The below letter was written to the CEO of Sony Records on August 3, 2016.

Dear Mr. Morris,

I write to you today struggling to even accurately convey the astonishment felt by American songwriters when recently learning that Sony Records plans to contest songwriters in the current Copyright Royalty Board (CRB) proceedings– intending to lower the already meager royalties we are receiving. What’s worse, you are doing so even after the other major and independent labels have decided not to engage in, and be actively hostile, to songwriters in this proceeding. I have to believe that you are aware that the past few years have seen the American songwriting profession devastated. The Nashville Songwriters Association International (NSAI) estimates that the songwriting profession has dwindled some 80% to 90% in terms of the number of songwriters earning their primary income from royalties on current song activity. It is embarrassingly disingenuous that Sony would attempt to hide behind its claim to “increase the headline rate” when in fact its proposal to the CRB would actually lower the rates songwriters currently receive from digital interactive streaming services. Warner Brothers, Universal and other record labels have chosen not to attempt to suppress the rates digital interactive services pay to songwriters. Perhaps they understand that ultimately their profits really rest on the great songs we create.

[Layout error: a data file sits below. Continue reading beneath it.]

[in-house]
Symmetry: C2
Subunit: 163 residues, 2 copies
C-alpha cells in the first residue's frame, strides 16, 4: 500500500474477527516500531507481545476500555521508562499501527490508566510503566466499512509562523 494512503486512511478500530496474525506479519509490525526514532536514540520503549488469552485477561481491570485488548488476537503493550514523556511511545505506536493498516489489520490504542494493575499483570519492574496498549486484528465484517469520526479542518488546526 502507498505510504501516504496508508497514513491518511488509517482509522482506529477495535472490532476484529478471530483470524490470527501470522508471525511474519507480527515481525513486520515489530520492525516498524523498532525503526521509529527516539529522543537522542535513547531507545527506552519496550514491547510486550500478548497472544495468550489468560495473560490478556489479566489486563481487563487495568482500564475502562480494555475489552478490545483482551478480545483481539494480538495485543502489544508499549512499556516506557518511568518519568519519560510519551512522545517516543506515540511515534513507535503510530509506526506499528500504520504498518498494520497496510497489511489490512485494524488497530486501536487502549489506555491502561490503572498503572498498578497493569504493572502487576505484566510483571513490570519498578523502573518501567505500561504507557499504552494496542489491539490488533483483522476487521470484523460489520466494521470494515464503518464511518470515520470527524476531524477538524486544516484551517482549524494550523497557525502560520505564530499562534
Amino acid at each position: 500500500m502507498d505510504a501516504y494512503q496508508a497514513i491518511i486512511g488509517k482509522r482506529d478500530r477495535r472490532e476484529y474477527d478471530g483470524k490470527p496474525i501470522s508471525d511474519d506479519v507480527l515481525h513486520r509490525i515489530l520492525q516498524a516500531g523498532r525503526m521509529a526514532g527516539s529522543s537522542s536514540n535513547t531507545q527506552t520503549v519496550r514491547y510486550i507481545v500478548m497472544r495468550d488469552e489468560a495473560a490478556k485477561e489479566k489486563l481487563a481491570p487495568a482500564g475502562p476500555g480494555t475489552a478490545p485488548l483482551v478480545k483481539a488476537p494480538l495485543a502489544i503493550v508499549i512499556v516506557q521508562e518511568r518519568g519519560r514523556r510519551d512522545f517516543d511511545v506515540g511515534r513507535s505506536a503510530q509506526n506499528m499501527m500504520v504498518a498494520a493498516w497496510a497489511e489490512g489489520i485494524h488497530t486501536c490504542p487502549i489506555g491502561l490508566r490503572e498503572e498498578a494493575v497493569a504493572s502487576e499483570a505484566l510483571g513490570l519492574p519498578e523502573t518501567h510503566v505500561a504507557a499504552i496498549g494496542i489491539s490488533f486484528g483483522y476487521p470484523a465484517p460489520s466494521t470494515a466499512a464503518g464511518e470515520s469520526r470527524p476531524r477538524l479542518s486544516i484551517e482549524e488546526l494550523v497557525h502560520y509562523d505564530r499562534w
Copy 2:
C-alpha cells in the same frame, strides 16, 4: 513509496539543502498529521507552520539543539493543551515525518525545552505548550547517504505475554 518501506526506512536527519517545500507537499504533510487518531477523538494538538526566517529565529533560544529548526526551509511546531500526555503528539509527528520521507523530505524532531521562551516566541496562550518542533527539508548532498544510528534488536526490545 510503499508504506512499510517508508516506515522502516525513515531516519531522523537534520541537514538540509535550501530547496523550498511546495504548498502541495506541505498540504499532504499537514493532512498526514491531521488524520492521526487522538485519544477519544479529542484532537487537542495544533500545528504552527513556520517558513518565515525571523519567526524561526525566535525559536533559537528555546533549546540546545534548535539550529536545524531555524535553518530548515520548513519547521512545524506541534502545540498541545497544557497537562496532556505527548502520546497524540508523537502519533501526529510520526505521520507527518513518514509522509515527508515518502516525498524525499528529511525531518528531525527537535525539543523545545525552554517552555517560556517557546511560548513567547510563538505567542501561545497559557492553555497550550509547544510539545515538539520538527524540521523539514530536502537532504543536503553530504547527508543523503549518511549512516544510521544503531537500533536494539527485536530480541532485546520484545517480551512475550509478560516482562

Some artists are also great songwriters. But many songs that earn Sony millions and millions of dollars are written by gifted tunesmiths whose names the public will never know. Those individuals cannot earn money from shares of the artist’s concert revenues, merchandising and other income streams like Sony can. Sony is already earning many, many times what songwriters earn from streaming royalties and now you want to reduce the meager amount songwriters are paid from interactive streams. Why? If there is a reason aside from greed, please let us know. It appears that Sony does not value the contribution from, nor the relationship with, songwriters as much as other record labels.

NSAI has openly supported proposals for new/increased royalties for record labels including a royalty from terrestrial radio stations and legislative remedies for pre-1972 sound recordings that are found in the “Fair Play, Fair Pay Act” currently before Congress. Our support for record labels in the music ecosystem makes Sony’s position to lower our royalties for interactive streams particularly disturbing and amounts to picking on the little guy.

NSAI asks that you immediately withdraw your rate proposals from the CRB proceedings and participation with respect to setting rates for digital interactive streaming services. The request you make for lowering our rates makes no sense and amounts to meddling when you consider that the digital services and their subscribers pay the songwriters, not the record labels. If you will not withdraw, we request that you publicly disclose your rate proposals so that everyone can see exactly what Sony Records is seeking to do. If you claim that you are doing what is in our best interest, there should no reason not to make your intentions public.

Somehow it seems the large corporation that is Sony Records does not care about America’s smallest small business, the songwriter, and has forgotten that “It All Begins With a Song.”

Bart Herbison
Executive Director

Read the post on Nashville Songwriters Association International